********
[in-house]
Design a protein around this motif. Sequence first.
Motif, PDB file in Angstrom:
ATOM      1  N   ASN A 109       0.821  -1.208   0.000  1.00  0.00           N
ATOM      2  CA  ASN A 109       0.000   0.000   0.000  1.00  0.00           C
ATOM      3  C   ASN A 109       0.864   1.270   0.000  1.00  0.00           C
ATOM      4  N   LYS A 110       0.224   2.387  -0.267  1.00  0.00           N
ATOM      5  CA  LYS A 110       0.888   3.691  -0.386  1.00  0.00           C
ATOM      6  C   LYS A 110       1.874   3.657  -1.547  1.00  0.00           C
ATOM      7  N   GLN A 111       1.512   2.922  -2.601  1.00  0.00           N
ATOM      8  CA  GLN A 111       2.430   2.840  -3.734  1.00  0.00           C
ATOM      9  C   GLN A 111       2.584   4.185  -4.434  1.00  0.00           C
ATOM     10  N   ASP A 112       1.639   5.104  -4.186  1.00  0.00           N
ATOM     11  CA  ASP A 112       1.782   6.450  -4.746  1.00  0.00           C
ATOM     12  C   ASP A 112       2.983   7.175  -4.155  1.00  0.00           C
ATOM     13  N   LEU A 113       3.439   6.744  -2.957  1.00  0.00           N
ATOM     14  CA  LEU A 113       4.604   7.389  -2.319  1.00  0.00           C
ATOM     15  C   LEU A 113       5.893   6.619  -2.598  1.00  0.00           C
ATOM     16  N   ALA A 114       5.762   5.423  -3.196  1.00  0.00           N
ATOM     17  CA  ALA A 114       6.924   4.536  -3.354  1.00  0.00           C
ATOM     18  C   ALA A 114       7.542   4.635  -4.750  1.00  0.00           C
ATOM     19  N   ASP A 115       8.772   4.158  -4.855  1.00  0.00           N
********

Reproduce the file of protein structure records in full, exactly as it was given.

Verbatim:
[in-house]
Design a protein around this motif. Sequence first.
Motif, PDB file in Angstrom:
ATOM      1  N   ASN A 109       0.821  -1.208   0.000  1.00  0.00           N
ATOM      2  CA  ASN A 109       0.000   0.000   0.000  1.00  0.00           C
ATOM      3  C   ASN A 109       0.864   1.270   0.000  1.00  0.00           C
ATOM      4  N   LYS A 110       0.224   2.387  -0.267  1.00  0.00           N
ATOM      5  CA  LYS A 110       0.888   3.691  -0.386  1.00  0.00           C
ATOM      6  C   LYS A 110       1.874   3.657  -1.547  1.00  0.00           C
ATOM      7  N   GLN A 111       1.512   2.922  -2.601  1.00  0.00           N
ATOM      8  CA  GLN A 111       2.430   2.840  -3.734  1.00  0.00           C
ATOM      9  C   GLN A 111       2.584   4.185  -4.434  1.00  0.00           C
ATOM     10  N   ASP A 112       1.639   5.104  -4.186  1.00  0.00           N
ATOM     11  CA  ASP A 112       1.782   6.450  -4.746  1.00  0.00           C
ATOM     12  C   ASP A 112       2.983   7.175  -4.155  1.00  0.00           C
ATOM     13  N   LEU A 113       3.439   6.744  -2.957  1.00  0.00           N
ATOM     14  CA  LEU A 113       4.604   7.389  -2.319  1.00  0.00           C
ATOM     15  C   LEU A 113       5.893   6.619  -2.598  1.00  0.00           C
ATOM     16  N   ALA A 114       5.762   5.423  -3.196  1.00  0.00           N
ATOM     17  CA  ALA A 114       6.924   4.536  -3.354  1.00  0.00           C
ATOM     18  C   ALA A 114       7.542   4.635  -4.750  1.00  0.00           C
ATOM     19  N   ASP A 115       8.772   4.158  -4.855  1.00  0.00           N